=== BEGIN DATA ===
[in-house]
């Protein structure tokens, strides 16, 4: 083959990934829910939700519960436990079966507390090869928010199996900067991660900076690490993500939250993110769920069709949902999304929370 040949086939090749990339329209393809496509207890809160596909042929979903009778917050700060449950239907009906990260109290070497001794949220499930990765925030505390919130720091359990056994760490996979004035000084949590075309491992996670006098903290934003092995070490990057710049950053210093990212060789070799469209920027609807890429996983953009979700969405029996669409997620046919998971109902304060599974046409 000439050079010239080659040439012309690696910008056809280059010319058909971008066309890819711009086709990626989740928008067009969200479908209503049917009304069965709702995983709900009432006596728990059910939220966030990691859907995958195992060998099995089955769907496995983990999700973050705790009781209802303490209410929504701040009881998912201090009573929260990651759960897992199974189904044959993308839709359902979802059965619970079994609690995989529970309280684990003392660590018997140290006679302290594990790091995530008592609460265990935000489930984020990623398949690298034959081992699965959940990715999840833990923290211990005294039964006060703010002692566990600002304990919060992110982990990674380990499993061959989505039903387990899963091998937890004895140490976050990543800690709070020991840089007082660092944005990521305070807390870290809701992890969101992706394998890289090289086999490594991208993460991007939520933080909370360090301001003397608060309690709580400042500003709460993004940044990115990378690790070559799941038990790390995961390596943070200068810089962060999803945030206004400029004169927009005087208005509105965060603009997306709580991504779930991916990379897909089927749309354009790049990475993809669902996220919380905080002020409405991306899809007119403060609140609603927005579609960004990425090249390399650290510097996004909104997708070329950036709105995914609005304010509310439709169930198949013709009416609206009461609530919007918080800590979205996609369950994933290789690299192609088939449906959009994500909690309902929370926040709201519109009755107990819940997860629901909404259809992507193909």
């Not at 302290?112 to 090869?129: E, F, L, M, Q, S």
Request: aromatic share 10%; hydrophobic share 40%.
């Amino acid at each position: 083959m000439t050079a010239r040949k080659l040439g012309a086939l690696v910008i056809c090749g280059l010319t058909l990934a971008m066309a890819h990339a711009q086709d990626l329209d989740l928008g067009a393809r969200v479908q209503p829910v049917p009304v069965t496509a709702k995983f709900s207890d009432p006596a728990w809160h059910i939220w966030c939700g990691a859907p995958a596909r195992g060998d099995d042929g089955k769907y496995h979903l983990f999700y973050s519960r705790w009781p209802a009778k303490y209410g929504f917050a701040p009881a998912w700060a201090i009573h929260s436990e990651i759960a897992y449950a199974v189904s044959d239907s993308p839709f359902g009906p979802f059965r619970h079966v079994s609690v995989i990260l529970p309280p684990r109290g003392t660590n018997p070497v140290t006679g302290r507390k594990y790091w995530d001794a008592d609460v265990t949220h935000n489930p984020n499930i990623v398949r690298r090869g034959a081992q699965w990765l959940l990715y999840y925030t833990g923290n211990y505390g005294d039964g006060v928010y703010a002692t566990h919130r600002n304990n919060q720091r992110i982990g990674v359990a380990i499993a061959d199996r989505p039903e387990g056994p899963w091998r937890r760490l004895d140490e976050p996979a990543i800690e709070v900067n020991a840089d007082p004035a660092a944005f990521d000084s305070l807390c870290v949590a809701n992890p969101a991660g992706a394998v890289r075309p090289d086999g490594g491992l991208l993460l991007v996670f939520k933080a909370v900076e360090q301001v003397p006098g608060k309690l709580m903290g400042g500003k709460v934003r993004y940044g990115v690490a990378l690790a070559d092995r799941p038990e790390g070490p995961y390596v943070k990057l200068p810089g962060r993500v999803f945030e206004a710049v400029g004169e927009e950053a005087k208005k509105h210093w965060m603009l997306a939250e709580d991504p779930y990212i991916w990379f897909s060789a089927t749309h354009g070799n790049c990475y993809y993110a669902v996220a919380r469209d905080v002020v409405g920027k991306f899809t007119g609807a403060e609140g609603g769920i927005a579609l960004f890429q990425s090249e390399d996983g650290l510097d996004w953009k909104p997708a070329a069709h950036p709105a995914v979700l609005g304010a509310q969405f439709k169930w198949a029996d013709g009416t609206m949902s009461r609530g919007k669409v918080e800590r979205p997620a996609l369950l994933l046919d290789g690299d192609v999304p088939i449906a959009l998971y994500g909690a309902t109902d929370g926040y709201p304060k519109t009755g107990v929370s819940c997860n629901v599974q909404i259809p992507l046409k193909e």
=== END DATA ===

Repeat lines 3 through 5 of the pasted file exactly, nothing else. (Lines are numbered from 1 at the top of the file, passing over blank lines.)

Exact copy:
């Not at 302290?112 to 090869?129: E, F, L, M, Q, S």
Request: aromatic share 10%; hydrophobic share 40%.
């Amino acid at each position: 083959m000439t050079a010239r040949k080659l040439g012309a086939l690696v910008i056809c090749g280059l010319t058909l990934a971008m066309a890819h990339a711009q086709d990626l329209d989740l928008g067009a393809r969200v479908q209503p829910v049917p009304v069965t496509a709702k995983f709900s207890d009432p006596a728990w809160h059910i939220w966030c939700g990691a859907p995958a596909r195992g060998d099995d042929g089955k769907y496995h979903l983990f999700y973050s519960r705790w009781p209802a009778k303490y209410g929504f917050a701040p009881a998912w700060a201090i009573h929260s436990e990651i759960a897992y449950a199974v189904s044959d239907s993308p839709f359902g009906p979802f059965r619970h079966v079994s609690v995989i990260l529970p309280p684990r109290g003392t660590n018997p070497v140290t006679g302290r507390k594990y790091w995530d001794a008592d609460v265990t949220h935000n489930p984020n499930i990623v398949r690298r090869g034959a081992q699965w990765l959940l990715y999840y925030t833990g923290n211990y505390g005294d039964g006060v928010y703010a002692t566990h919130r600002n304990n919060q720091r992110i982990g990674v359990a380990i499993a061959d199996r989505p039903e387990g056994p899963w091998r937890r760490l004895d140490e976050p996979a990543i800690e709070v900067n020991a840089d007082p004035a660092a944005f990521d000084s305070l807390c870290v949590a809701n992890p969101a991660g992706a394998v890289r075309p090289d086999g490594g491992l991208l993460l991007v996670f939520k933080a909370v900076e360090q301001v003397p006098g608060k309690l709580m903290g400042g500003k709460v934003r993004y940044g990115v690490a990378l690790a070559d092995r799941p038990e790390g070490p995961y390596v943070k990057l200068p810089g962060r993500v999803f945030e206004a710049v400029g004169e927009e950053a005087k208005k509105h210093w965060m603009l997306a939250e709580d991504p779930y990212i991916w990379f897909s060789a089927t749309h354009g070799n790049c990475y993809y993110a669902v996220a919380r469209d905080v002020v409405g920027k991306f899809t007119g609807a403060e609140g609603g769920i927005a579609l960004f890429q990425s090249e390399d996983g650290l510097d996004w953009k909104p997708a070329a069709h950036p709105a995914v979700l609005g304010a509310q969405f439709k169930w198949a029996d013709g009416t609206m949902s009461r609530g919007k669409v918080e800590r979205p997620a996609l369950l994933l046919d290789g690299d192609v999304p088939i449906a959009l998971y994500g909690a309902t109902d929370g926040y709201p304060k519109t009755g107990v929370s819940c997860n629901v599974q909404i259809p992507l046409k193909e």